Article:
The general consensus in Digital Marketing is that you need either a mobile version of your website or a responsive design in order to offer the best user experience possible to smartphone users. User experience is often an ongoing process though, as trends change, so it is worth while checking whether your website performs well on mobile on a regular basis.
Although there is value in simply looking at your site on a smartphone, this isn’t the only way to check. You can and should regularly look at your Google Analytics data to see whether your users are finding it easy to use and are converting.
Before we start, it is important you track any conversions through Analytics, so either set up goals (these are good for non-purchase conversions like inquiries and signups) or eCommerce tracking. You can find these by opening the Conversions section of Analytics.
Mobile Performance Overview
First it is worth seeing how your website performs as a whole on mobile, tablet and desktop. To do this, go to Audience -> Mobile -> Overview.
Here we can see how many people are viewing your website on each device. The key metrics to take into account are:
- Bounce Rate: If you see a higher bounce rate on mobile than tablet and desktop, it potentially could mean that your mobile website isn’t performing quite as well. However, in the case of an eCommerce website, this could quite easily be due to trends still. We are more and more moving towards mobile commerce, but many still prefer to buy on desktop. If, however, there is a big difference in bounce rates, then a review of your mobile website user experience is needed.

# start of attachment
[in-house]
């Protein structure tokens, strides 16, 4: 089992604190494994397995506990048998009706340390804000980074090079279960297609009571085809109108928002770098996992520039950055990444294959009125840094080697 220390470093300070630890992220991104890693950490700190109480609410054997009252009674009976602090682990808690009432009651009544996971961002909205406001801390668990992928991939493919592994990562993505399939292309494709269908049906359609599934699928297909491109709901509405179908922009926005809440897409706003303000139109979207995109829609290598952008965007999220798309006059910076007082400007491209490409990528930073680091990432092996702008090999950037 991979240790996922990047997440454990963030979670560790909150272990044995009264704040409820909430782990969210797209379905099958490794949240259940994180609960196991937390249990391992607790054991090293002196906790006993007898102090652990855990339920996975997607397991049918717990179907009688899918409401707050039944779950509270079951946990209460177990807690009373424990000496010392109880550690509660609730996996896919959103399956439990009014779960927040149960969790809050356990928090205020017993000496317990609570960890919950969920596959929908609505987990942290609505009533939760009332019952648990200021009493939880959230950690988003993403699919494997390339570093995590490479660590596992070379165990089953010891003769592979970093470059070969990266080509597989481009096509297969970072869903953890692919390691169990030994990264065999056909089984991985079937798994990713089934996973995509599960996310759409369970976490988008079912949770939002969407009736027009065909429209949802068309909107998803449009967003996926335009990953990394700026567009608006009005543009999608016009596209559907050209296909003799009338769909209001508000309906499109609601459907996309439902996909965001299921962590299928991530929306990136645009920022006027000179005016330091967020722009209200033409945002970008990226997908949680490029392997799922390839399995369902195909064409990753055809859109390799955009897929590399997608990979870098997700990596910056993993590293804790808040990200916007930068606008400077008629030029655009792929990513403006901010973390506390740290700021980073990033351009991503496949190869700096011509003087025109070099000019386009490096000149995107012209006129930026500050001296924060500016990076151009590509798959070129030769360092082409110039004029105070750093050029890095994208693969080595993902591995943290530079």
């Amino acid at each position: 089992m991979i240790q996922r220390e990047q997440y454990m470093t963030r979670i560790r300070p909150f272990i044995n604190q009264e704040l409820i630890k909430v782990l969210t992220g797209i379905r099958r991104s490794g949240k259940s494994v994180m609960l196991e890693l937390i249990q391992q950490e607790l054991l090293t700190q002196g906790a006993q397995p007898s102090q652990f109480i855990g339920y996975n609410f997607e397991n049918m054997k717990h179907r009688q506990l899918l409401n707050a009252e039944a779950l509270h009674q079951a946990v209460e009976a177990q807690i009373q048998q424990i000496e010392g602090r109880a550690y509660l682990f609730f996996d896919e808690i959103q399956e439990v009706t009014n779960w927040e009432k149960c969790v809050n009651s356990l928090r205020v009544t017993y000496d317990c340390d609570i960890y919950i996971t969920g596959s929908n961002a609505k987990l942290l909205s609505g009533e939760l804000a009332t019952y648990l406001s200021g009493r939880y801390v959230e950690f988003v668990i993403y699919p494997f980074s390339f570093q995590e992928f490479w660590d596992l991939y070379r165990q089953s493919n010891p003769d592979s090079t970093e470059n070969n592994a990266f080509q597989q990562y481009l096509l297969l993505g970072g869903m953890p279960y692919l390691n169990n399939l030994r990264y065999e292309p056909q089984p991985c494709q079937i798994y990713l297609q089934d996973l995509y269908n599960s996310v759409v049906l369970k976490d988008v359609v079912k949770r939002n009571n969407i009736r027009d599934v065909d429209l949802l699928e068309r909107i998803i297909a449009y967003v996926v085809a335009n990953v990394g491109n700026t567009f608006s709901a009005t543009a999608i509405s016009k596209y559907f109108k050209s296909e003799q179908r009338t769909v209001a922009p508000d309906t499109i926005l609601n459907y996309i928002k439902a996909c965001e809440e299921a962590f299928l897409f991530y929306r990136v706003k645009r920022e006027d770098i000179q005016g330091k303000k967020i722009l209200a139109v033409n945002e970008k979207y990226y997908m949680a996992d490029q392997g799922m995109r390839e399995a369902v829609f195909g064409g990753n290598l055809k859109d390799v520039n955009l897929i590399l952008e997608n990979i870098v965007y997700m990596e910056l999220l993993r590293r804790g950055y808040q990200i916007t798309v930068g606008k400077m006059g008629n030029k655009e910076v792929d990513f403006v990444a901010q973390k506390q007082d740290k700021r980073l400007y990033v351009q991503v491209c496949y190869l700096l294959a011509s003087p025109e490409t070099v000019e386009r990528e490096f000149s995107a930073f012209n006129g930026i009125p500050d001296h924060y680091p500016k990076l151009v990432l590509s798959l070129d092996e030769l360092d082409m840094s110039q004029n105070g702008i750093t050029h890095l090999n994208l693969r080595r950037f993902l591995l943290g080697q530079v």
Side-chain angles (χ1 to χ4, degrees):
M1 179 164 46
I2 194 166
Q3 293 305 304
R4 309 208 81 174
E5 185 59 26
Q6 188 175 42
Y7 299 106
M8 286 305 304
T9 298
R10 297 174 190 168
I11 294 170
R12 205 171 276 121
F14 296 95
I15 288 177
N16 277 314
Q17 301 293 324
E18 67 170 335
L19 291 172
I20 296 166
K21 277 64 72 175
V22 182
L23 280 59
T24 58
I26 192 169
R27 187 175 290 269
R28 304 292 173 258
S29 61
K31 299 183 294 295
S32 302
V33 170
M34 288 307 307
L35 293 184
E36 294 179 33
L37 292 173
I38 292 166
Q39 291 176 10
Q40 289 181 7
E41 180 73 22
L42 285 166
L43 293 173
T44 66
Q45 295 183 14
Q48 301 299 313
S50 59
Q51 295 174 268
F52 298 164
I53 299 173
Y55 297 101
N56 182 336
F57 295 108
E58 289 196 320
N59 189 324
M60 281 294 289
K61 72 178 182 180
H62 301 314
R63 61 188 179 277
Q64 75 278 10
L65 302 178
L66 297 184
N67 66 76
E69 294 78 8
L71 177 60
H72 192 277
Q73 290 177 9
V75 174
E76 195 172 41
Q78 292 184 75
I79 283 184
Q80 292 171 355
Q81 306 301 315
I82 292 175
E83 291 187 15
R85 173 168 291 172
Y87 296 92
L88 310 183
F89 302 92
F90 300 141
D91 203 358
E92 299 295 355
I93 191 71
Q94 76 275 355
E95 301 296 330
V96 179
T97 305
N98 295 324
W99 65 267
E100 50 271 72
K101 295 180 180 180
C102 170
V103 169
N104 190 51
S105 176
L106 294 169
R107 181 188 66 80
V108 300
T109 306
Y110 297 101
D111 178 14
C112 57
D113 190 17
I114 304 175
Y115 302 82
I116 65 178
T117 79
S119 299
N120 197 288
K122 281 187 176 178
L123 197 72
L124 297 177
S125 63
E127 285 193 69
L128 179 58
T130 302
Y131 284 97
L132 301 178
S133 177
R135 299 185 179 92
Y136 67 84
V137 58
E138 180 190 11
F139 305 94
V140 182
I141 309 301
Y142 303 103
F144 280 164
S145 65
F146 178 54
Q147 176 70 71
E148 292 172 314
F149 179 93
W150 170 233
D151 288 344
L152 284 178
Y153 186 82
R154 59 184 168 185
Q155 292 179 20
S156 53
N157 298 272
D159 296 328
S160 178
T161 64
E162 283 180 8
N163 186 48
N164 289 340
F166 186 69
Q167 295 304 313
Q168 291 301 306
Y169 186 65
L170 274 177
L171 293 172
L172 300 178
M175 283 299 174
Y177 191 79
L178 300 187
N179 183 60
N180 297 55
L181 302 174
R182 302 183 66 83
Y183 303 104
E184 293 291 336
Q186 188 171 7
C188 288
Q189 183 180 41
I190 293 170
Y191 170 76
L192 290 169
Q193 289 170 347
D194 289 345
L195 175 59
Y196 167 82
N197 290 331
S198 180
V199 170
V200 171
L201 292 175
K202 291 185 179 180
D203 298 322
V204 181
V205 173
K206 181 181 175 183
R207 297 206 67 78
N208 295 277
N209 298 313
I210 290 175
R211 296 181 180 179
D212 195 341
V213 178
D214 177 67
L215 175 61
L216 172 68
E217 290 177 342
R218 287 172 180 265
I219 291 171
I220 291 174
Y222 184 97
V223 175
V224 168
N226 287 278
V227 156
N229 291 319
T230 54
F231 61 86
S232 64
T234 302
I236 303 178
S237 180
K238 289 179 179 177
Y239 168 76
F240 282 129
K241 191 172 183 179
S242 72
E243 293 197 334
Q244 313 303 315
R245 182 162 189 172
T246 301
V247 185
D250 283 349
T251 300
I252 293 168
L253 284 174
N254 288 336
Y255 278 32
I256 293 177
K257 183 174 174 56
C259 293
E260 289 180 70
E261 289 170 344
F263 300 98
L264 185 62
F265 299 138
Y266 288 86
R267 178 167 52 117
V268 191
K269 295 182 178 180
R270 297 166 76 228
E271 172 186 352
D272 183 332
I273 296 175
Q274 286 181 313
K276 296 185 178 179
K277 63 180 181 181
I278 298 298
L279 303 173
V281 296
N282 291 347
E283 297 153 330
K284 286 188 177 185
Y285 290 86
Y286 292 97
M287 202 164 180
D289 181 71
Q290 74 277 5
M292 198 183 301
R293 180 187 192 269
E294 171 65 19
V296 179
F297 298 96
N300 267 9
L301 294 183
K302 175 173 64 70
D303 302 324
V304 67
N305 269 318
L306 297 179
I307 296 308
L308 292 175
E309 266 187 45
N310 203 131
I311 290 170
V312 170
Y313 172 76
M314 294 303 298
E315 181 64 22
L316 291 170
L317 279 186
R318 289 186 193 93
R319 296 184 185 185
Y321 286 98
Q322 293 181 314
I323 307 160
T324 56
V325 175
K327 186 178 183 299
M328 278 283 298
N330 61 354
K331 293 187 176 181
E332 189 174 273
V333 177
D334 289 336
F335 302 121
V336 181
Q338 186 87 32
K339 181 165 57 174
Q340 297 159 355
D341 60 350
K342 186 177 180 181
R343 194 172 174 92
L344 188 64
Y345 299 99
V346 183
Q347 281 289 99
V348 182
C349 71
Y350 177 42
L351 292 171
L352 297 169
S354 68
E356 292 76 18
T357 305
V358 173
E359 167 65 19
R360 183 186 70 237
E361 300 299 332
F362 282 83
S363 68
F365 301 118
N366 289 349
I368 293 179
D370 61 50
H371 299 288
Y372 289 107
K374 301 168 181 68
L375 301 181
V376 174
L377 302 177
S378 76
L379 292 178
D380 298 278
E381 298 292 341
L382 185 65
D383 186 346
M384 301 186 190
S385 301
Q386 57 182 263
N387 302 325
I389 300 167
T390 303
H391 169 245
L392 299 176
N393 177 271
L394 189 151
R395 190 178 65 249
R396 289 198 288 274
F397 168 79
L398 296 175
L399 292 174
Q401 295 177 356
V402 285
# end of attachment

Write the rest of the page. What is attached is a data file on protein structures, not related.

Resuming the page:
- Time on Site: Generally we spend less time looking at each website on mobile, due to the nature of the device. However, it is worth checking how long your users are spending on-site to make sure they aren’t leaving too quickly.
- eCommerce Conversion Rate / Goal Conversion Rate: This is the key one. Are people converting on the mobile version of your website? As mentioned above, differences could be due to trends, but again, it may signal that you should look at your mobile user experience. If you are targeting advertising, it could also mean that you should target desktop over mobile.
As well as looking at the website as a whole, you can drill down to each individual page to see if it is performing well on mobile or tablet. To do this, first go to Behaviour -> Site content -> All Pages.
Here you can select a page by clicking on it. It may be good to select one of the pages with a low value, or a high bounce rate. Once you have chosen your page, click ‘secondary dimension’ and choose Device Category.
You will now be able to see the performance of that page on each device.
It is worth noting, once more, the time on page as well as the bounce rate to see whether your users are staying or leaving. It is also worth noting the page value, which takes information on the amount of sales and the part played in them by this page.
Mobile Optimised Website Design
Here at b:web we have worked with many different types of businesses, creating mobile optimised, responsive websites. One example is Engage Customer, which provides information, conferences and guides to increasing customer engagement. The and tablet user experience is hugely important for Engage Customer so we designed and built a website that looks great and performs well on both mobile and tablet.
Above you can see the Engage Customer website, as displayed on a tablet.
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